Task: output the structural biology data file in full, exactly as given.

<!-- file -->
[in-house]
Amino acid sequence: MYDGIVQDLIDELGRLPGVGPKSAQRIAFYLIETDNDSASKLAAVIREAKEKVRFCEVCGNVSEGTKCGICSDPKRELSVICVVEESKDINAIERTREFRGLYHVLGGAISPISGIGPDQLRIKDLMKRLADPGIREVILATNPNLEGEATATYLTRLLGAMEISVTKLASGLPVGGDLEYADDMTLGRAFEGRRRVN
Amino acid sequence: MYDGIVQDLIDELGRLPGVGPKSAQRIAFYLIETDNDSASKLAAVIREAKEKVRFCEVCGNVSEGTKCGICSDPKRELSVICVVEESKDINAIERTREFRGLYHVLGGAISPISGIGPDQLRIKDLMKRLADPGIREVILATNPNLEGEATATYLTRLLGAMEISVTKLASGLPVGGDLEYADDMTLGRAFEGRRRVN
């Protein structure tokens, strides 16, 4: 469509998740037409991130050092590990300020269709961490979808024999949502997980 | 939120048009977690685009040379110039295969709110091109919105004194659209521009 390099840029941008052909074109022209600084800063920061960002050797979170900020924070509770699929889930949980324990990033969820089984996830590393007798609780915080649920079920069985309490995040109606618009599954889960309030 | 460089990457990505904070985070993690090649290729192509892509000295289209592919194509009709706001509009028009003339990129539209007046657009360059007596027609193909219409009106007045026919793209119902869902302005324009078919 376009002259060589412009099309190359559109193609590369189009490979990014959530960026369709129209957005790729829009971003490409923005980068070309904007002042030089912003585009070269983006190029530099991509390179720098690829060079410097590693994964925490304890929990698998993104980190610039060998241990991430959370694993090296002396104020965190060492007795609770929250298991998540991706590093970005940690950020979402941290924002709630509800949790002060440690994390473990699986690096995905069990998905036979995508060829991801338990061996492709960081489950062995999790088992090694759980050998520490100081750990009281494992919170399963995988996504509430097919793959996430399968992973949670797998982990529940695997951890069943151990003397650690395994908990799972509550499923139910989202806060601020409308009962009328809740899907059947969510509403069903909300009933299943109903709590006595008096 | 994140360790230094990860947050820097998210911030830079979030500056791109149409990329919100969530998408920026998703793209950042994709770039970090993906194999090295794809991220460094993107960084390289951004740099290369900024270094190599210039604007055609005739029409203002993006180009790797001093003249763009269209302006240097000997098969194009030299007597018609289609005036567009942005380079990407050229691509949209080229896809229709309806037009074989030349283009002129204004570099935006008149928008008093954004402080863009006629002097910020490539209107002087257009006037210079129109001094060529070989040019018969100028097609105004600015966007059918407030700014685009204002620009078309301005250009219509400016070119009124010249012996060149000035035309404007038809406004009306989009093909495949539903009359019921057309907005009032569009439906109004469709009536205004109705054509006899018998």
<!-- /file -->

[in-house]
Amino acid sequence: MYDGIVQDLIDELGRLPGVGPKSAQRIAFYLIETDNDSASKLAAVIREAKEKVRFCEVCGNVSEGTKCGICSDPKRELSVICVVEESKDINAIERTREFRGLYHVLGGAISPISGIGPDQLRIKDLMKRLADPGIREVILATNPNLEGEATATYLTRLLGAMEISVTKLASGLPVGGDLEYADDMTLGRAFEGRRRVN
Amino acid sequence: MYDGIVQDLIDELGRLPGVGPKSAQRIAFYLIETDNDSASKLAAVIREAKEKVRFCEVCGNVSEGTKCGICSDPKRELSVICVVEESKDINAIERTREFRGLYHVLGGAISPISGIGPDQLRIKDLMKRLADPGIREVILATNPNLEGEATATYLTRLLGAMEISVTKLASGLPVGGDLEYADDMTLGRAFEGRRRVN
């Protein structure tokens, strides 16, 4: 469509998740037409991130050092590990300020269709961490979808024999949502997980 | 939120048009977690685009040379110039295969709110091109919105004194659209521009 390099840029941008052909074109022209600084800063920061960002050797979170900020924070509770699929889930949980324990990033969820089984996830590393007798609780915080649920079920069985309490995040109606618009599954889960309030 | 460089990457990505904070985070993690090649290729192509892509000295289209592919194509009709706001509009028009003339990129539209007046657009360059007596027609193909219409009106007045026919793209119902869902302005324009078919 376009002259060589412009099309190359559109193609590369189009490979990014959530960026369709129209957005790729829009971003490409923005980068070309904007002042030089912003585009070269983006190029530099991509390179720098690829060079410097590693994964925490304890929990698998993104980190610039060998241990991430959370694993090296002396104020965190060492007795609770929250298991998540991706590093970005940690950020979402941290924002709630509800949790002060440690994390473990699986690096995905069990998905036979995508060829991801338990061996492709960081489950062995999790088992090694759980050998520490100081750990009281494992919170399963995988996504509430097919793959996430399968992973949670797998982990529940695997951890069943151990003397650690395994908990799972509550499923139910989202806060601020409308009962009328809740899907059947969510509403069903909300009933299943109903709590006595008096 | 994140360790230094990860947050820097998210911030830079979030500056791109149409990329919100969530998408920026998703793209950042994709770039970090993906194999090295794809991220460094993107960084390289951004740099290369900024270094190599210039604007055609005739029409203002993006180009790797001093003249763009269209302006240097000997098969194009030299007597018609289609005036567009942005380079990407050229691509949209080229896809229709309806037009074989030349283009002129204004570099935006008149928008008093954004402080863009006629002097910020490539209107002087257009006037210079129109001094060529070989040019018969100028097609105004600015966007059918407030700014685009204002620009078309301005250009219509400016070119009124010249012996060149000035035309404007038809406004009306989009093909495949539903009359019921057309907005009032569009439906109004469709009536205004109705054509006899018998």